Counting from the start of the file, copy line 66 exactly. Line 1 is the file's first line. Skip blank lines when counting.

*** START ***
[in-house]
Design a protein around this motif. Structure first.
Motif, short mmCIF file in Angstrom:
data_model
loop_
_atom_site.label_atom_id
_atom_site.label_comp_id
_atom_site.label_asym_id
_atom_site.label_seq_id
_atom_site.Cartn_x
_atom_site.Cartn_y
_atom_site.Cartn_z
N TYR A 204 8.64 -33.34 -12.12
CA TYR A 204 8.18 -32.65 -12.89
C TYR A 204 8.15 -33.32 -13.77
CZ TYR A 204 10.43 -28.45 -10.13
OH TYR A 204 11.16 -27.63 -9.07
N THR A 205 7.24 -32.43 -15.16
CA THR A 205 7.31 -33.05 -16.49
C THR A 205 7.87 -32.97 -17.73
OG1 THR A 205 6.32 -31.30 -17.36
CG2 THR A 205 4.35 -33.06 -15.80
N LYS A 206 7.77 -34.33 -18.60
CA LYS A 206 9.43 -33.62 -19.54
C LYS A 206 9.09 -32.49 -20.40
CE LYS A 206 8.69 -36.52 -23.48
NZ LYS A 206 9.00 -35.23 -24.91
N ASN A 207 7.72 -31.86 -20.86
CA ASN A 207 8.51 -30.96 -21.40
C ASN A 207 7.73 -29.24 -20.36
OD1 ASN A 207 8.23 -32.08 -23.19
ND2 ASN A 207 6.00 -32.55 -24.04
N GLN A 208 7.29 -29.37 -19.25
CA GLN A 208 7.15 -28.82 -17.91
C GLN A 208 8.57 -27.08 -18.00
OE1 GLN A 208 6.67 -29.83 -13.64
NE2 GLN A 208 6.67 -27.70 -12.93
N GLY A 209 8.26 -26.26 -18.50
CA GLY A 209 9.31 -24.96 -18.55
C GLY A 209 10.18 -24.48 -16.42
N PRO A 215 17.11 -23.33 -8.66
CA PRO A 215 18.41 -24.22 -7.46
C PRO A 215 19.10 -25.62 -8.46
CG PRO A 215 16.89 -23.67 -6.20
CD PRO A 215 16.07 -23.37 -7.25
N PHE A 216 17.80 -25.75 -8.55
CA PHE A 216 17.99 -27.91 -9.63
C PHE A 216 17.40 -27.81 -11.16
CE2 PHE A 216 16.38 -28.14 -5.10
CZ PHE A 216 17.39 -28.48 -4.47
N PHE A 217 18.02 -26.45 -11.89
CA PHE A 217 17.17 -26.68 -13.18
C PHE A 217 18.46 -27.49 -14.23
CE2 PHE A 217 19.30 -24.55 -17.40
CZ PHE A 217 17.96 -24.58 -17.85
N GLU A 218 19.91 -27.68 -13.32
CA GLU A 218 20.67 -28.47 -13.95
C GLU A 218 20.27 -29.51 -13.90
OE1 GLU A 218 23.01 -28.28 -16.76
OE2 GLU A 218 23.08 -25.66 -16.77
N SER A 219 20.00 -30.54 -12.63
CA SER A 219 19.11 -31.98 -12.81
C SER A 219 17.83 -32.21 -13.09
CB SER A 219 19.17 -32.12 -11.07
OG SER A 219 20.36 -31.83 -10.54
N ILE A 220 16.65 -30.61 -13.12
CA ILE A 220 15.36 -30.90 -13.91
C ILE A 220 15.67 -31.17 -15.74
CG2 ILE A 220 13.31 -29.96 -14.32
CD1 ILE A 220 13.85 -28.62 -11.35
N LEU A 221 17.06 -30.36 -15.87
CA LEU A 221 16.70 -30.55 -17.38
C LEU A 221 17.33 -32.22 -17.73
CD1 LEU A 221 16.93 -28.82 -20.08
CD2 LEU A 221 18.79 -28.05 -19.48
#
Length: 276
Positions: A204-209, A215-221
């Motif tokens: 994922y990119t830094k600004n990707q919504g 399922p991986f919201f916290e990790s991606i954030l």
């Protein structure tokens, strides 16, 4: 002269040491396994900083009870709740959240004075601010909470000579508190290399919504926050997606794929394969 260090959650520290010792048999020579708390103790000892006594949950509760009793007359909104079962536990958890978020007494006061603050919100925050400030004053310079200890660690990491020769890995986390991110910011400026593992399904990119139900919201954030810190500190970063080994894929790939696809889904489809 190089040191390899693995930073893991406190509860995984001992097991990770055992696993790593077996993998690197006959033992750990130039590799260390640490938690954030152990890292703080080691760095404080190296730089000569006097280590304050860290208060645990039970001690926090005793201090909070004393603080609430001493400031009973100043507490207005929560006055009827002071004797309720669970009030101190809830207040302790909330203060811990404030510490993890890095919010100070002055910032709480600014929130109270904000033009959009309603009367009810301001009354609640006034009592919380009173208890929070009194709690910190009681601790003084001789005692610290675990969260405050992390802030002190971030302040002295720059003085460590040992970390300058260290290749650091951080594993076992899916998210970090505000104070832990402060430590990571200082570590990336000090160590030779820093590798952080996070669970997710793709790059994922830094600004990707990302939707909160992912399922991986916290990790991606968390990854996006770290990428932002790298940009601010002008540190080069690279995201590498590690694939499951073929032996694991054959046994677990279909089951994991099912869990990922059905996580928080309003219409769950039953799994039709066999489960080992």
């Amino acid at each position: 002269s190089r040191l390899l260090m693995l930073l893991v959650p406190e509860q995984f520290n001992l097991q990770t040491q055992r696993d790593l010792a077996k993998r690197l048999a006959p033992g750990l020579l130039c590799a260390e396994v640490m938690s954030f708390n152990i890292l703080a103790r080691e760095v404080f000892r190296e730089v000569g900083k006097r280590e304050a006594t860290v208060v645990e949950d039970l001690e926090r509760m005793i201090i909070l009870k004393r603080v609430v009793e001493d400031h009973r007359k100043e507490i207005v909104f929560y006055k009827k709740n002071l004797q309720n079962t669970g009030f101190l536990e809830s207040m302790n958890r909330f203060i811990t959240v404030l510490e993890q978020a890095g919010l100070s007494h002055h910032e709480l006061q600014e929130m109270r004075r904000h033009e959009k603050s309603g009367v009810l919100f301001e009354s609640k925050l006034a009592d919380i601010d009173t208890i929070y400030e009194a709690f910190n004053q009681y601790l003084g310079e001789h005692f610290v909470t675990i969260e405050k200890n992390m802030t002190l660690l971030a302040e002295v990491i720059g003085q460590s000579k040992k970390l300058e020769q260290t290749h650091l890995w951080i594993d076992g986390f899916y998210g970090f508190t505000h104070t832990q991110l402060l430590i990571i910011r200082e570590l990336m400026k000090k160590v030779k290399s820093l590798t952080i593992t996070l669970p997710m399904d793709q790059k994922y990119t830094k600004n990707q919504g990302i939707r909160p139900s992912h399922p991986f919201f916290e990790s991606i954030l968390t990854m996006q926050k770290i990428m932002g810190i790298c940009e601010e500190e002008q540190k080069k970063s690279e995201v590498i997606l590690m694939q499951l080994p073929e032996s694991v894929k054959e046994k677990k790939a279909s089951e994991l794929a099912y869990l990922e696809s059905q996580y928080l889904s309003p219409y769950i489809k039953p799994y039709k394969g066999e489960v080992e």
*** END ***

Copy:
N ILE A 220 16.65 -30.61 -13.12